The $1.1 million budget in Fiscal Year 2017 for SBGP was spent on enhanced services including improvements to the Middle Branch Park Boat House and Gwynns Falls Trail, and funding for the Gwynns Falls Trash Wheel, the YouthWorks program, and a redevelopment Master Plan for connecting the B&O Railroad Museum campus to Pigtown, Mount Clare Junction Shopping Center, and Carroll Park. Transformational projects include $150,000 to Middle Branch Waterfront Planning, and $150,000 for a redesign of MLK Boulevard by Ridgely’s Delight, Pigtown, and Barre Circle. See full budget details in the graphic at the bottom of the article.
SBGP has three key areas where grant funds will be spent: 20% will go to Community Grants, 30% to Enhanced Services, and 50% to Transformational Projects.
As described by the SBGP:
Community Grants are available to either a Nonprofit organization with 501(c)(3) tax exempt status, a Mission-Based Organization without 501(c)(3) tax exempt status, a Faith Based organization, a School, a Government Agency, a Community Organization, or a Team/Group of community members from the SBGP neighborhoods.
“Enhanced Services” supplement the services already provided by the City or other partners. These can take the form of ongoing programs (e.g. youth programs), maintenance (e.g. grass cutting), or capital investments (e.g. new playground equipment). These Enhanced Services improve upon the baseline services provided by the City, and are not a way for the City to meet its basic obligations to communities/residents.
Transformational Projects are important efforts that dramatically improve conditions in the District, and clearly advance our strategic priorities. These could be either major capital projects or major programs. Transformational projects have implications that affect the entire District, often generating long-term outcomes over multiple years of funding and partnerships. There is no predetermined maximum funding level for Transformational Projects.
There are three types of Community Grants:
Tier 1 Community Grant – Up to $5,000
Tier 2 Community Grant – Up to $50,000
Tier 3 Community Grant – Up to $100,000
The application period for Community Grants will be from May 1, 2017 to June 30, 2017, and from January 1, 2018 to February 28, 2018. The SBGP is also accepting suggestions for Enhanced Services and Transformation Projects. SBGP holds monthly meetings and ideas can be submitted on its website. SBGP is also hosting grant writing workshops to support organizations needing additional support in applying for grant funds.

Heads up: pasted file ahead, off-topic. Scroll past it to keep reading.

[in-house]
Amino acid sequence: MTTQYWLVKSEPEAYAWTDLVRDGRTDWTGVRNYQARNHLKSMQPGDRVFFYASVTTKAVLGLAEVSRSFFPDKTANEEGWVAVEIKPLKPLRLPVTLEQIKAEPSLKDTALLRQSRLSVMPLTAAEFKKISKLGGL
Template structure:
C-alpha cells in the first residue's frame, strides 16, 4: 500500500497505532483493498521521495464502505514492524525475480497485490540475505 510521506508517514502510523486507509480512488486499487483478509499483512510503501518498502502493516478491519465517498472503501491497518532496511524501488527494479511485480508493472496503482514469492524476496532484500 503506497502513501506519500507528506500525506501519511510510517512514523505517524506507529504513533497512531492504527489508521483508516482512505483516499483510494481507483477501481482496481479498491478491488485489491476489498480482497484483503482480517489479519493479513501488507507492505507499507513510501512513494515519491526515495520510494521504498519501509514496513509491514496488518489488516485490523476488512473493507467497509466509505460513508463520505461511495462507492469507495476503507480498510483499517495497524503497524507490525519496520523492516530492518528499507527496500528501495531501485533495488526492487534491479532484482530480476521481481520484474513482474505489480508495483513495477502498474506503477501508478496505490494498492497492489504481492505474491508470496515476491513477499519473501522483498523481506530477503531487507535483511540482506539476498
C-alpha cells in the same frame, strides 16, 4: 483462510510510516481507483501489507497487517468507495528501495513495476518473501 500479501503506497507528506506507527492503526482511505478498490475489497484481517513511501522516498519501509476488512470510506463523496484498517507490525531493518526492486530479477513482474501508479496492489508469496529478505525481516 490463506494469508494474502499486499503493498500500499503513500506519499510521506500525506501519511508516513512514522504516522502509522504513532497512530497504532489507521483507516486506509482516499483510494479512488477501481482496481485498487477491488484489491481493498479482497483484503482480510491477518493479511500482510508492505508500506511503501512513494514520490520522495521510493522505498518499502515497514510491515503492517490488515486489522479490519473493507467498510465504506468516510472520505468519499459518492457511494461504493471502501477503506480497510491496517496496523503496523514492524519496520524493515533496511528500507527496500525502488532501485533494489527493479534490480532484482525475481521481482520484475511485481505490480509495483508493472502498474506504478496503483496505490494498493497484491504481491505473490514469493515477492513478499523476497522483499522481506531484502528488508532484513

While ideas on Transformational Projects will continue to be discussed, Rogers told SouthBMore.com that something the SBGP has talked about is investing time and energy into creating a network of “world class” parks and ball fields which will also give the area increased connectivity to Port Covington.
“We are very committed to making a meaningful and measurable change in the subject areas we work in. When we look back in five years we can say, ‘Yes! This is what we accomplished,'” said Rogers.
“Since the SBGP board first convened last fall, I’ve been impressed with how each members of the board have really come together to think through solutions across the District, rather than solely in their neighborhood,” Israel told SouthBMore.com. “One of the concerns I hear often is that neighborhood organizations often lack the capacity to apply for community grants then see a project through to completion, so we plan to fund assistance to applicants when needed to help them through the process. Our board is a dynamic and diverse group of leaders, from the public and private sector, who live and/or work in South Baltimore and are dedicated to its success.”
“The SBGP is the culmination of four years of work to create greater certainty that casino impact dollars immediately and effectively benefit neighborhoods surrounding the casino,” Senator Bill Ferguson told SouthBMore.com. “While the work of the Local Development Council has been beneficial as an advisory body, we needed a vehicle for empowering the community and ensuring residents were determining how best to improve their own communities. The SBGP is that vehicle, and I’m very excited to see its full launch and development in the months and years ahead.”
“SBGP is the newest of five community benefits districts in the City,” Councilman Eric Costello told SouthBMore.com. “While the others are funded by an additional property tax surcharge, the SBGP is unique in that it is funded by casino local impact aid. We have been working diligently to spread the word about opportunities for strengthening the neighborhoods in the SBGP. We recognize the opportunities for partnership with the State, City, and other organizations such as SB6 and Southwest Partnership and look forward to working side by side.”
The SB6 is an organization that represents the South Baltimore communities south of Port Covington including Brooklyn, Cherry Hill, Curtis Bay, Lakeland, Mt. Winans, and Westport. The SB6 reached a $139.5 million community benefits agreement with Port Covington developer Sagamore Development. The Southwest Partnership is coalition made up of the Barre Circle Community Association, the Hollins Roundhouse Neighborhood Association, the Franklin Square Neighborhood Association, the Mount Clare Community Council, Citizens of Pigtown, Poppleton NOW!, the Union Square Association, the B&O Railroad Museum, Bon Secours Baltimore Health System, the University of Maryland Baltimore, the University of Maryland BioPark, the University of Maryland Medical Center, and Wexford Science and Technology.